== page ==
Rapid method for detection of muramic acid and cadaverine as indicators of microbial load on fresh meats

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Lebron, Carlos
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Dennis G. Olson
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Classical plate counting methods often understate the number of microorganisms when compared with counts made by direct microscopic examination or other methods. In addition, classical plate counting take days to obtain results because of the incubation time. The present study was undertaken to determine the possibility of developing a rapid method for bacterial enumeration based on the examination of muramic acid in pork and beef under both aerobic and anaerobic storage conditions. The muramic acid was measured by a technique in which lactic acid is released from muramic acid molecule followed by the reaction of the lactic acid with p-hydroxydiphenyl and CuSO[subscript]4;When comparing total bacterial numbers with amounts of muramic acid a correlation factor of 0.98 was found for pork stored under aerobic conditions. For pork stored under anaerobic conditions a correlation factor of 0.84 was found. No correlation was found in both beef treatments. On the average, the test predicts total bacterial counts but a single value is not overly reliable. In both pork and beef stored under vacuum-packaging conditions the amounts of muramic acid were twice as large as those found in both pork and beef stored under aerobic conditions. This could be explained by the fact that in vacuum-packaged meats a different bacterial flora predominates;In the second part of this study a rapid method for the evaluation of meat freshness based on the content of the amine cadaverine was developed. For the analysis of cadaverine the samples were derivatized with dabsyl chloride and plated on C18 TLC plates using ethanol:water:acetic acid (65:35:1) as solvent. After the plates were developed the cadaverine spots were measured on a Kontes scanner 800 densitometer equipped with a 425nm filter to measure visible yellow spots. The method can replace the microbiological methods which require at least 48 hours of incubation time and which are also too lengthy and expensive for meat processing firms. In addition the test developed only takes about two hours to complete. In the present study, meat freshness as assayed by the content of cadaverine versus total bacterial numbers throughout aerobic chilled storage of commercial pork, beef, and turkey was studied. In pork loins we found a correlation factor of 0.95 for cadaverine and total bacterial counts. Cadaverine levels ranged from about 60 ug/cm[superscript]2 to about 280 ug/cm[superscript]2. On the other samples we found excellent correlation between cadaverine and total counts on both beef rounds and beef loins (0.95). Our lowest correlation was found on turkey breast meat (0.87). These results suggest that cadaverine has an excellent potential as a quality indicator not only in pork but also in beef and turkey.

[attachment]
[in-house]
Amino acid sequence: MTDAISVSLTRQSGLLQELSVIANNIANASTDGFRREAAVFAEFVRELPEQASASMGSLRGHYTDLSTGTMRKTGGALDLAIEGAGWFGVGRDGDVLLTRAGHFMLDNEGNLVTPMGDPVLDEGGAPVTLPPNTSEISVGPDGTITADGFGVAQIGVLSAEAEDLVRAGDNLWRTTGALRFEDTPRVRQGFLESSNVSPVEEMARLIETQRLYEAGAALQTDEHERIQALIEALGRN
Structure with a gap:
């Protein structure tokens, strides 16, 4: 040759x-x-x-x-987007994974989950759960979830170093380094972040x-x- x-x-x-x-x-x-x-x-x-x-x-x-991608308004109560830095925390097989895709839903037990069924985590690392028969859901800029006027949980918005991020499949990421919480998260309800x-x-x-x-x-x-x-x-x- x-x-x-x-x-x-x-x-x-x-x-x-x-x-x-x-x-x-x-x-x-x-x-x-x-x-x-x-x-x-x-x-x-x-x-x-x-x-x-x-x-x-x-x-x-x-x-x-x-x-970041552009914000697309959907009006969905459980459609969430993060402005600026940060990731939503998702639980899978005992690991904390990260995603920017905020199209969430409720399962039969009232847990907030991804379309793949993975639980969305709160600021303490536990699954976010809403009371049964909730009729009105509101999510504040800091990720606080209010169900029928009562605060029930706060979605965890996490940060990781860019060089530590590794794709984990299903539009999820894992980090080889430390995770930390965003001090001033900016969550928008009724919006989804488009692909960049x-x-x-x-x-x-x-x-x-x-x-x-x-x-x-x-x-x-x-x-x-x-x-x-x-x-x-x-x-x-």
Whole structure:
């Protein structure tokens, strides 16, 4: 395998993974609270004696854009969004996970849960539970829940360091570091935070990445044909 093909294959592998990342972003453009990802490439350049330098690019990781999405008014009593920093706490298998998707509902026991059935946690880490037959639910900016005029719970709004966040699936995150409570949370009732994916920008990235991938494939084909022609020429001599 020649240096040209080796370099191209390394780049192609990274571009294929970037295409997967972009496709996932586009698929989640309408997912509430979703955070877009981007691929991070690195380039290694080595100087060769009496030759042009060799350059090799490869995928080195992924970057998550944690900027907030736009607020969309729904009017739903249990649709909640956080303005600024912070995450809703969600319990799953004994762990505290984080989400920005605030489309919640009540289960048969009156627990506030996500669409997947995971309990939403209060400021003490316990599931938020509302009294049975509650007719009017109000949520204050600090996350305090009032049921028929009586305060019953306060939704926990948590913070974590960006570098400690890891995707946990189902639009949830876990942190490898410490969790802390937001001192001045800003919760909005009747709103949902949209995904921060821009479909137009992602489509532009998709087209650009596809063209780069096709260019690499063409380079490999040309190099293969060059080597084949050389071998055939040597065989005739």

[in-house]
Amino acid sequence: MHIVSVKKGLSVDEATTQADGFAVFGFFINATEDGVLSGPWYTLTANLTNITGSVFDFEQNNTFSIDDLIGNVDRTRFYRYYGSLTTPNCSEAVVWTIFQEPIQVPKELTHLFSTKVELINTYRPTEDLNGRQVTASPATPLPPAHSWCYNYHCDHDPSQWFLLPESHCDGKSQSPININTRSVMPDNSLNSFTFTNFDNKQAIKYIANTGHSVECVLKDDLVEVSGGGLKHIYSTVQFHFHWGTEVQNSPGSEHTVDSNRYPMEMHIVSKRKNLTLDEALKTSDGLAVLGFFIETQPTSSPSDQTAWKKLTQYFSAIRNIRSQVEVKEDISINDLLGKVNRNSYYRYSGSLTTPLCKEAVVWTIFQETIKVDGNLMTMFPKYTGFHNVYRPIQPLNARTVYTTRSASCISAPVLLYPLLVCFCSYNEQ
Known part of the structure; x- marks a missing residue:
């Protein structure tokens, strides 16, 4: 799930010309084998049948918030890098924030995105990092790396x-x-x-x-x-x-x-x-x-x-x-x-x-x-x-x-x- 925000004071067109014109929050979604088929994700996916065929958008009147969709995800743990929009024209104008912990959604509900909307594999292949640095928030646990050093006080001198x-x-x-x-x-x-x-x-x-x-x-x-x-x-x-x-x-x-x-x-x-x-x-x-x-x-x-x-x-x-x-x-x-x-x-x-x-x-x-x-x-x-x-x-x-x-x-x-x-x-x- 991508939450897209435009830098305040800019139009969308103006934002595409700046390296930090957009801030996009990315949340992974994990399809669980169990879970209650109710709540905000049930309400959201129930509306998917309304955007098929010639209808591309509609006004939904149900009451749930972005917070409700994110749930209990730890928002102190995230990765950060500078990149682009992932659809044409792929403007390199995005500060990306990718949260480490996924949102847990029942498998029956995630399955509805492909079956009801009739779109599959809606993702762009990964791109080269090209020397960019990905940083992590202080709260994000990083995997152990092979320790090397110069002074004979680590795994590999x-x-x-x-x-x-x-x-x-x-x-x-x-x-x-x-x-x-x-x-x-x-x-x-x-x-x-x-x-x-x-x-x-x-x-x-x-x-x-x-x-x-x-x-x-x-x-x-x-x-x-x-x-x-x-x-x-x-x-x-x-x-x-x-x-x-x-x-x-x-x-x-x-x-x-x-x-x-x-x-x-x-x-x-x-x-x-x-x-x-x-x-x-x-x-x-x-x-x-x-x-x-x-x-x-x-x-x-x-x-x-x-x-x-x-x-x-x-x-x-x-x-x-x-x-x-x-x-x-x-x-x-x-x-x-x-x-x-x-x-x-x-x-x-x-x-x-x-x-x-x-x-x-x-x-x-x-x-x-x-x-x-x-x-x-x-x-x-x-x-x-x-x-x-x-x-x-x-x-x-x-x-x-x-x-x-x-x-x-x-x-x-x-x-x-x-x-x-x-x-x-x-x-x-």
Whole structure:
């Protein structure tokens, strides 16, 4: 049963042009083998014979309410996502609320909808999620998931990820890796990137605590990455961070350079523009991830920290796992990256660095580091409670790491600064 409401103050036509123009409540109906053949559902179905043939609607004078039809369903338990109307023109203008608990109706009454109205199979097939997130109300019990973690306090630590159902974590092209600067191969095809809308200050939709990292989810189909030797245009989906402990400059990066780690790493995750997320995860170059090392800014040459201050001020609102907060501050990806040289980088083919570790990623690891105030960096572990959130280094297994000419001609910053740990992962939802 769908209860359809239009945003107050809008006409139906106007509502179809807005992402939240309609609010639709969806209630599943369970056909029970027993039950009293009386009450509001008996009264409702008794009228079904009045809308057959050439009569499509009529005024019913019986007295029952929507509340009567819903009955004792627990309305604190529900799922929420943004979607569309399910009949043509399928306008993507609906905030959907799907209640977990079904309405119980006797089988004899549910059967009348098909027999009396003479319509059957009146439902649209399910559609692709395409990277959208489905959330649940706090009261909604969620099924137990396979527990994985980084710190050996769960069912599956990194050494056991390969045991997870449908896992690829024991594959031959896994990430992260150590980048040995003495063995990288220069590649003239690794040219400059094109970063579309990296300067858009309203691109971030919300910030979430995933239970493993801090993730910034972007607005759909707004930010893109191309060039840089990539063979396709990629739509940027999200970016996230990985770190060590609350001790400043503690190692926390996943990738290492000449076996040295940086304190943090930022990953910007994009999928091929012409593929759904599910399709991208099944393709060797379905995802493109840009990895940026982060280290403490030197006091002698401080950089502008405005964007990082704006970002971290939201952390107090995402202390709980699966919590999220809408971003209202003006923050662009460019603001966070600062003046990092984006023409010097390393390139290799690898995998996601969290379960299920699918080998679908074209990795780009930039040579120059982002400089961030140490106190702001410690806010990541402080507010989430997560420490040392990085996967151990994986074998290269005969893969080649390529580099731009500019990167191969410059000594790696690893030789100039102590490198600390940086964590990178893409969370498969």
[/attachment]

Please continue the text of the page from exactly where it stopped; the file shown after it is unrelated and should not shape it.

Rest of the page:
Wed Jan 01 00:00:00 UTC 1992